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Delight Your Customers

Book Description

Great customer service is rare. In fact, one survey found that while 80 percent of companies described themselves as delivering “superior” service, consumers estimated the number at a mere 8 percent. The problem, according to service expert Steve Curtin, is actually quite simple. When asked what their work entails, most employees list the duties and tasks associated with their position. Very few refer to the true essence of their job, which should be their highest priority—to create delighted customers who will be less price sensitive, have higher repurchase rates, and enthusiastically recommend the company or brand to others. Without this customer focus, all that exists is a transaction—and transactional service does not make a lasting positive impression or inspire loyalty. In Delight Your Customers, Curtin reveals three elements common to all exceptional service experiences. He also makes a compelling case that attention needs to shift from monitoring service activities to modeling, recognizing, and reinforcing the behaviors that actually create happy customers, such as expressing genuine interest, offering sincere compliments, sharing unique knowledge, conveying authentic enthusiasm, providing pleasant surprises, and delivering service heroics when needed. Illustrated with real-world stories and examples, this refreshing guide helps readers everywhere take their customer service from ordinary to extraordinary.

Table of Contents

  1. Cover
  2. Title Page
  3. Copyright
  4. Contents
  5. Acknowledgments
  6. Introduction
  7. Part One: Function vs. Essence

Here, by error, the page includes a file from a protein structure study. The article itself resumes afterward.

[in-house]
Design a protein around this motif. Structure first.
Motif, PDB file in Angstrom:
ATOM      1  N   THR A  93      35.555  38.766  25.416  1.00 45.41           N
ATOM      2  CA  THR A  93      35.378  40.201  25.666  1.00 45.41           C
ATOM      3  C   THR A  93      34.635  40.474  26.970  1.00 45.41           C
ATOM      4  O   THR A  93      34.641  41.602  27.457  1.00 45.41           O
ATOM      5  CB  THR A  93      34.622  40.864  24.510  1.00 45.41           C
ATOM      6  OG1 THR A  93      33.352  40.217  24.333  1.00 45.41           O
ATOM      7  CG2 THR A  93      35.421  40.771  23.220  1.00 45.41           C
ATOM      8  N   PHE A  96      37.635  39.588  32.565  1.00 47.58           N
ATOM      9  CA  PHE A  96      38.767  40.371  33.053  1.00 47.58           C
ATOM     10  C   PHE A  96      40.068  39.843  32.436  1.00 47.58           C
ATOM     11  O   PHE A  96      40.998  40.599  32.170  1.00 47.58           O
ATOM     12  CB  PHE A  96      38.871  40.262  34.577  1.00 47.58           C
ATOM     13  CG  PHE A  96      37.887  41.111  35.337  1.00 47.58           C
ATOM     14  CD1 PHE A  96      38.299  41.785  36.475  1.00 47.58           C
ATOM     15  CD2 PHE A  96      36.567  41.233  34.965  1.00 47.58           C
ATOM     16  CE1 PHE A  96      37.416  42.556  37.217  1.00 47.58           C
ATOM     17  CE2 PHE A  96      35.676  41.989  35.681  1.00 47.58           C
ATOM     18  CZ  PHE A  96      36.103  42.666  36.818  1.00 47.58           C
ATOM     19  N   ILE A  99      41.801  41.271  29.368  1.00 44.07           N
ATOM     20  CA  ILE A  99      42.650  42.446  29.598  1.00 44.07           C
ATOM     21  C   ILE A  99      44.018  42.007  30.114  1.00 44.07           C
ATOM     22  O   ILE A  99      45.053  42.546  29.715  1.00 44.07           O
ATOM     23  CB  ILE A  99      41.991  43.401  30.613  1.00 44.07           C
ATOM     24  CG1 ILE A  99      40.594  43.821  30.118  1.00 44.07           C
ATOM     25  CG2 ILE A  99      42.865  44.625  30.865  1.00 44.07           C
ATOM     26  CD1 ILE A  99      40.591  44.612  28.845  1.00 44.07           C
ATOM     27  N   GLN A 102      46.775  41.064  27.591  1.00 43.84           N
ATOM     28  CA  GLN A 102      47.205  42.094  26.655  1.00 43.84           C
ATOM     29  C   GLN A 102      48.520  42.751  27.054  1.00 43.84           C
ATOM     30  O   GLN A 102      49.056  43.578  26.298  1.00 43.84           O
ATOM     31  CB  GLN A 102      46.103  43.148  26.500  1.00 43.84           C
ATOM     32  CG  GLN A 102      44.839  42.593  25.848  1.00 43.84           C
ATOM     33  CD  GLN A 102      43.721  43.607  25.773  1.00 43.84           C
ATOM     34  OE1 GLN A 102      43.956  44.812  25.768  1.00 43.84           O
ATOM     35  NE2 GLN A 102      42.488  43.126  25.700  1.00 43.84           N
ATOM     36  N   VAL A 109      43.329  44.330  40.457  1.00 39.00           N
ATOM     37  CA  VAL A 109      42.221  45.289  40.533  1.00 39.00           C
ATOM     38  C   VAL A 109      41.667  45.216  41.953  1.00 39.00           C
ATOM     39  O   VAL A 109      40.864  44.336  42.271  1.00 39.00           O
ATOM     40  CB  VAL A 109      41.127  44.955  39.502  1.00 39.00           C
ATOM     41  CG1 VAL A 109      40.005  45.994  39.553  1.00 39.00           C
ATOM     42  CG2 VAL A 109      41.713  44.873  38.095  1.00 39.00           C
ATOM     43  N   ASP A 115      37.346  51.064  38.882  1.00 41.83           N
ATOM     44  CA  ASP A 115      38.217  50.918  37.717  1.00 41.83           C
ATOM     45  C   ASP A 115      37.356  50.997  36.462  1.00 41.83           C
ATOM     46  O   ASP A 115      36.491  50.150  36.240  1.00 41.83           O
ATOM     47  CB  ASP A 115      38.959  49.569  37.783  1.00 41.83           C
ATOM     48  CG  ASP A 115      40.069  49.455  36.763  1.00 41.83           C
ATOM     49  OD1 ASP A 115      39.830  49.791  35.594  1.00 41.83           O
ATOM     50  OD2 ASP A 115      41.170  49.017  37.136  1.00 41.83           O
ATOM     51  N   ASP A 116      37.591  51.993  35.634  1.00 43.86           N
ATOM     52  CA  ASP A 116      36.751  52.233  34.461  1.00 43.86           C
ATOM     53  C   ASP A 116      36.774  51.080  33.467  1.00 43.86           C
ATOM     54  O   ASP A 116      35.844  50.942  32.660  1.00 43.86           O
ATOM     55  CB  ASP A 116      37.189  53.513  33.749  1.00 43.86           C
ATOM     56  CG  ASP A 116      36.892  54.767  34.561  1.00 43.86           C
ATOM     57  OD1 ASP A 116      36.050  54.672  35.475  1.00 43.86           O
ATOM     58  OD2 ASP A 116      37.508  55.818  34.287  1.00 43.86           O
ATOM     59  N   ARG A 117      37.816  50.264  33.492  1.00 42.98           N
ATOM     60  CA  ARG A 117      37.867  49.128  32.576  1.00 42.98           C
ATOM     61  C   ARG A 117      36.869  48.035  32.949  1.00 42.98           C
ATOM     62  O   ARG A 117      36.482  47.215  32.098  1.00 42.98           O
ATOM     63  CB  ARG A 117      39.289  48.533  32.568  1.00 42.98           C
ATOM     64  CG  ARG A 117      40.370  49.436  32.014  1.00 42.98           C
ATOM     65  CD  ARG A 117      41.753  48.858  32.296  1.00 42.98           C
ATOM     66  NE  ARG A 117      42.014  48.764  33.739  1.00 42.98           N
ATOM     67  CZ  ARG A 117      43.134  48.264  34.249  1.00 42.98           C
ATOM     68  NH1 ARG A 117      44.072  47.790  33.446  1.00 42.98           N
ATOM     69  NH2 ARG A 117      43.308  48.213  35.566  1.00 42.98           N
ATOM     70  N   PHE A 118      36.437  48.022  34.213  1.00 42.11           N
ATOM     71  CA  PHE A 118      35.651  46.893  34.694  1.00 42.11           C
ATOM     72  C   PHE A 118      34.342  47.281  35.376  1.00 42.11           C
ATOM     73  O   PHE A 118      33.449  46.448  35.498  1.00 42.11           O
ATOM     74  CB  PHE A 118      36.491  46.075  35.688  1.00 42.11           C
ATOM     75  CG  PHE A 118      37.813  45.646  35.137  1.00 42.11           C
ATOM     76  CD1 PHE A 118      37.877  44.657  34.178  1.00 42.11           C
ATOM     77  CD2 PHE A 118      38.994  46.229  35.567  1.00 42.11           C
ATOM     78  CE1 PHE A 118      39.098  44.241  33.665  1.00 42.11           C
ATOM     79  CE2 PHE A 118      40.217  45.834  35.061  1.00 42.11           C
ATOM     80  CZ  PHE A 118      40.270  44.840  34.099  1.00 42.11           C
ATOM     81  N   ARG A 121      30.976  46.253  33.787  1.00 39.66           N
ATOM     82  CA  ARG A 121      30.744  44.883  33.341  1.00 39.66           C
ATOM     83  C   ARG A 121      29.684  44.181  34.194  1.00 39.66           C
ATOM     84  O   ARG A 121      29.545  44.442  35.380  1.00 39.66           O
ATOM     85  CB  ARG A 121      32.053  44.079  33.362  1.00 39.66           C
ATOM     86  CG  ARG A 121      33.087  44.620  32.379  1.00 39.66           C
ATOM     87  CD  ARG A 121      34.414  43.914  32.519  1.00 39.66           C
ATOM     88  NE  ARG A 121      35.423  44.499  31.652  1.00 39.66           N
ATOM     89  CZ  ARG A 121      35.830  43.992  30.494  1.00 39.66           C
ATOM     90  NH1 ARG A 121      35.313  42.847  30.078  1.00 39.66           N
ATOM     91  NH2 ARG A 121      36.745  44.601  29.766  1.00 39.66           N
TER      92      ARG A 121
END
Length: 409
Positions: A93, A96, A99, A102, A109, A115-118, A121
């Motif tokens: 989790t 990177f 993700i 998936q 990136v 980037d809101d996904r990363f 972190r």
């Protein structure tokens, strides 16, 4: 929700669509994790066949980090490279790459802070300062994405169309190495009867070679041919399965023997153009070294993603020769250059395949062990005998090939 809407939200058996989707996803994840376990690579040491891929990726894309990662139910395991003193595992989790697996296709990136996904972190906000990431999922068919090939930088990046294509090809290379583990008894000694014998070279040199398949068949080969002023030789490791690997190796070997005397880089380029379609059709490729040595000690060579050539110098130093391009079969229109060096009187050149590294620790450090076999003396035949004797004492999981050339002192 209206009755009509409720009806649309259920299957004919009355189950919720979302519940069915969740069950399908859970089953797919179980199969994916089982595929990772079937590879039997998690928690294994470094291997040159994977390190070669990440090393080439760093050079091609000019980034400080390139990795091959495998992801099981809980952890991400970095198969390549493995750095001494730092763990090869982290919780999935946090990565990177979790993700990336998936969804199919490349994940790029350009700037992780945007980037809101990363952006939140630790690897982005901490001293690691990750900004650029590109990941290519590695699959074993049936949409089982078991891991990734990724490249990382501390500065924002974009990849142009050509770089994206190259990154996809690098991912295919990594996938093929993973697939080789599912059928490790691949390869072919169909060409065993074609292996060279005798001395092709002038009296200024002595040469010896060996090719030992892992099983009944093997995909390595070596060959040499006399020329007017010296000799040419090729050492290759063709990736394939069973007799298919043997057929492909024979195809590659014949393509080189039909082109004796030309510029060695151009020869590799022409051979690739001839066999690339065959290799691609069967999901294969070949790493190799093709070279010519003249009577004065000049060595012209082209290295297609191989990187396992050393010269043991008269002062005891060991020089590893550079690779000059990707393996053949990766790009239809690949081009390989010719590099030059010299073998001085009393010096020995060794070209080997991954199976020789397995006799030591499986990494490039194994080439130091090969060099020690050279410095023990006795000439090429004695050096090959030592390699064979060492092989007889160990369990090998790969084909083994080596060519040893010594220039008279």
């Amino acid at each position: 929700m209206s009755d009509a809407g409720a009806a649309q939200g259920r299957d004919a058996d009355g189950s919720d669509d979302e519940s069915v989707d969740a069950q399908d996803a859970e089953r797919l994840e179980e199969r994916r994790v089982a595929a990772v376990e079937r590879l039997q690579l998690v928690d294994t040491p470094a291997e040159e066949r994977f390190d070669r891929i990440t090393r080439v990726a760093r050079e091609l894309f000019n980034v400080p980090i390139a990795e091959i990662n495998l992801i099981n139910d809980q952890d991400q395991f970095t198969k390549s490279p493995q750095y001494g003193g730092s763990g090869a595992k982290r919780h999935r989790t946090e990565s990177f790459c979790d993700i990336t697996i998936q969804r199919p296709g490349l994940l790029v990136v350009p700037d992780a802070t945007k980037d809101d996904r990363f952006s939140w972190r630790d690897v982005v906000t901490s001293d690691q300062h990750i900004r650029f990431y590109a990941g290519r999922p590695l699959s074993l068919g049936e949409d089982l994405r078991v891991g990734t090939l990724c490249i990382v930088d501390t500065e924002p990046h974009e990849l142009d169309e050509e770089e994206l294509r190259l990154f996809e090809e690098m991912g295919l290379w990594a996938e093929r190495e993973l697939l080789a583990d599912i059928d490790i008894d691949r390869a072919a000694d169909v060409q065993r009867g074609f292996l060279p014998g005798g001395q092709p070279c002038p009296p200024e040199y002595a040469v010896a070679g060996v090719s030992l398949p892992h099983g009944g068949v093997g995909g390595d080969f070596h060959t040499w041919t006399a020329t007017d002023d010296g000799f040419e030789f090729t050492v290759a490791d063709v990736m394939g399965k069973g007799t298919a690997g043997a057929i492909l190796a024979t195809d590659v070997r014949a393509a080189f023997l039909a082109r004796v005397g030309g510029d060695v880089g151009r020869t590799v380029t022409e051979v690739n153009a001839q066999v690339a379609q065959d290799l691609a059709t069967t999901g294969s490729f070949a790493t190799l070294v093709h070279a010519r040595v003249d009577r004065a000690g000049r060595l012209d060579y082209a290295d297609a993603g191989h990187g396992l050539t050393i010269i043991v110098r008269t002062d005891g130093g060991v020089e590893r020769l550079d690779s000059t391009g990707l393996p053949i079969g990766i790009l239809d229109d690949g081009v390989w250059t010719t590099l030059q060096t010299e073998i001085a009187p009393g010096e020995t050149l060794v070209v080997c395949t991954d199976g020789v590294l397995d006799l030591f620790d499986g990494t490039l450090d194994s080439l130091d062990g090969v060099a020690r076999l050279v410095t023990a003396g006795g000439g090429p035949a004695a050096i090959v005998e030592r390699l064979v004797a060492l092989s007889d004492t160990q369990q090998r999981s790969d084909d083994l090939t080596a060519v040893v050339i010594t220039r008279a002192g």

1. Chapter 1—Three Truths of Exceptional Customer Service
      1. Exceptional Customer Service Reflects the Essence of Every Service Industry Employee’s Job Role
      2. Exceptional Customer Service Is Always Voluntary
      3. Exceptional Customer Service Typically Costs No More to Deliver than Poor Customer Service
      4. Getting from Ordinary to Extraordinary
      5. Applying Three Truths of Exceptional Customer Service
  8. Part Two: Seven Simple Ways to Raise Customer Service
    1. Chapter 2—Express Genuine Interest
      1. How to Express Genuine Interest
      2. Getting from Ordinary to Extraordinary
      3. Applying Genuine Interest
    2. Chapter 3—Offer Sincere and Specific Compliments
      1. Be Attentive to Opportunities to Offer Compliments
      2. Factors Influencing the Offering of Compliments
      3. How to Offer Sincere and Specific Compliments
      4. Recognize Coworkers
      5. Getting from Ordinary to Extraordinary
      6. Applying Sincere and Specific Compliments
    3. Chapter 4—Share Unique Knowledge
      1. Unique Knowledge Brings More Value to the Customer Experience
      2. The Benefits of Unique Knowledge
      3. How to Share Unique Knowledge
      4. Getting from Ordinary to Extraordinary
      5. Applying Unique Knowledge
    4. Chapter 5—Convey Authentic Enthusiasm
      1. The Role of Leadership in Fostering Authentic Enthusiasm
      2. How to Convey Authentic Enthusiasm
      3. Getting from Ordinary to Extraordinary
      4. Applying Authentic Enthusiasm
    5. Chapter 6—Use Appropriate Humor
      1. When to Use Appropriate Humor
      2. When the Use of Humor May Be Inappropriate
      3. Getting from Ordinary to Extraordinary
      4. Applying Appropriate Humor
    6. Chapter 7—Provide Pleasant Surprises
      1. How to Provide Pleasant Surprises
      2. Getting from Ordinary to Extraordinary
      3. Applying Pleasant Surprises
    7. Chapter 8—Deliver Service Heroics
      1. Two Types of Service Heroics
      2. How to Deliver Heroic Service to Solve Customers’ Problems
      3. Getting from Ordinary to Extraordinary
      4. Applying Service Heroics
  9. Part Three: Incorporating Job Essence Into Job Function
    1. Chapter 9—From Ordinary to Extraordinary
      1. Why Ordinary Customer Service Is Common and Extraordinary Customer Service Is Rare
      2. How to Raise Customer Service Quality from Ordinary to Extraordinary
      3. Getting from Ordinary to Extraordinary
      4. Incorporating Job Essence into Job Function
  10. Index
  11. About the Author